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The "List Iteration" Lesson is part of the full, Functional-Lite JavaScript course featured in this preview video. Here's what you'd learn in this lesson:

List iteration is performed by using the Arrach.forEach() method to loop through list items. Function programmers typically avoid this method since most list iteration use-cases include side effects. Kyle spends a few minutes discussing the list iteration implementation and explains this difference between using forEach() and map().

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Transcript from the "List Iteration" Lesson

>> [MUSIC]

>> Kyle Simpson: List Iteration. I have the exclamation marks here because I wanna remind you that even though this is one of those helpers and it oftentimes gets lumped in with the other functional programming things, most people say, don't do this one and you'll see very quickly why. If I made an iterate function, for example, I wanted to take my array and log out all the values in the array.

[00:00:24] Cuz you notice I'm not actually performing an operation on the list to change something, I'm just performing a operation with the value of the list. But what's the only way that doing that would mean anything? Is if my predicate had a side effect, right?
>> Kyle Simpson: Some side effect, whether it's a console.log, or changing it in the original array, like an in place change or something like that.

[00:00:49] The only reason that a list iteration would make any sense and do anything useful to us at all is if the predicate had a side effect. We can probably spot why that's not the favorite tool in a functional programmer's bag. So most functional programmers would tell you never use the forEach, cuz it's all about side effects.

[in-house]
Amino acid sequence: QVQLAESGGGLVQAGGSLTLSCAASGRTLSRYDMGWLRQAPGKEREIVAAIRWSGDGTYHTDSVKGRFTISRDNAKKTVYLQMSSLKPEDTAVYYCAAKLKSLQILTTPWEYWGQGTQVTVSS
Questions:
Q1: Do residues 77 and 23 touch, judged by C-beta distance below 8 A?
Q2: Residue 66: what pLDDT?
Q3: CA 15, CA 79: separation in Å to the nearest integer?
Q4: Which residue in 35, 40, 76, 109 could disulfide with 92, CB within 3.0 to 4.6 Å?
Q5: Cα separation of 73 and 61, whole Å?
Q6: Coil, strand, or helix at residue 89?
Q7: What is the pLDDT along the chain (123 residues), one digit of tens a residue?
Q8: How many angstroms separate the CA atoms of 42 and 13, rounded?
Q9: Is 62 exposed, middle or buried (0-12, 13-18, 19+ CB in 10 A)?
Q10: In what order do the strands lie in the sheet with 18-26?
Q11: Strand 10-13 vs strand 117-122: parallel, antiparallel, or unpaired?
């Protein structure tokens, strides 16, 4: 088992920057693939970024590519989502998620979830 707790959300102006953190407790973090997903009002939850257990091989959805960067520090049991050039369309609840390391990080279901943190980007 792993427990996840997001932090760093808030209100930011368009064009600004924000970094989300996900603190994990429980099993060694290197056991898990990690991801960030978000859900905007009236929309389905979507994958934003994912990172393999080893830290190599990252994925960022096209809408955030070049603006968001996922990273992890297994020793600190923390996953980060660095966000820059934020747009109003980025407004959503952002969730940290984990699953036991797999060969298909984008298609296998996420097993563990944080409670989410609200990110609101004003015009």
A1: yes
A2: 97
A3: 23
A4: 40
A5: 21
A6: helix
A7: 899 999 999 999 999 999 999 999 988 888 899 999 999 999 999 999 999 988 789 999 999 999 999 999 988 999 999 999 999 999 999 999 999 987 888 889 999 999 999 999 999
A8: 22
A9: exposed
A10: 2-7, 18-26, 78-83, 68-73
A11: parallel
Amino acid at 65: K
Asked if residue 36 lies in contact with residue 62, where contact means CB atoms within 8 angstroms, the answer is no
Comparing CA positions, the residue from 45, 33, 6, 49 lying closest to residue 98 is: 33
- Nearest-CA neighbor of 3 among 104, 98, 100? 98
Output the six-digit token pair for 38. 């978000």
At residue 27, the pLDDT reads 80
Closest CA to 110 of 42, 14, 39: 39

[00:01:09] Now, the problem with that is that sometimes I do want side effects [LAUGH]. Which is why I call this functional programming light, because I don't wanna be restricted to only doing purely functional stuff. There are times when I want to iterate over a list and have some side effects and that's why I use for agent as a tool in my bag, but I use it knowing that it's not the same thing as my other functional tricks.

[00:01:31] It's different and I use it that way on purpose. There are people that will tell you, no no, you should iterate with a map. Can you iterate with map? Of course you can. You can iterate with map where its predicate returns the same value, right? Whatever function you pass as that predicate, if it returns the same thing it got, that's the same thing as iterating, right?

[00:01:53] That's what a functional programmer tells you that's what you ought to do. No. That's not what I would do. ForEach is the better tool if I want to produce a side effect for each thing. So that's the forEach function.
>> Kyle Simpson: All right, any questions about our list operations?

[00:02:14] Those are other tools that we have. So we go back over it. We've gone over a whole bunch of these little basic things. We haven't really fully covered how we put all of them together. That's what exercise four is gonna try to bring some of that to more concreteness and we'll do that after our lunch break.

[00:02:30] But I just wanted to point out that we've covered quite a bit of ground here in just a couple of hours. From the very beginning, we talked about pure versus unpure, and side effects. And then we talked about function composition and how we can compose the function to take it from impure to pure.

[00:02:47] We can compose two functions so that we're not creating impure side effects. Then we talked about immutability and we talked about the value of, not just the mutable value but the immutable way that we use the value. That's the more important part to a functional programmer. Then we talked about closure, keeping state inside of a function.

[00:03:06] We talked about recursion and why recursion can be useful, a graceful way of expressing our programs. Then we talked about talked about these list operations. Transform, exclude. Transform's called map. Exclude's called filter. What's compose called? Reduce. And finally iterate is called forEach.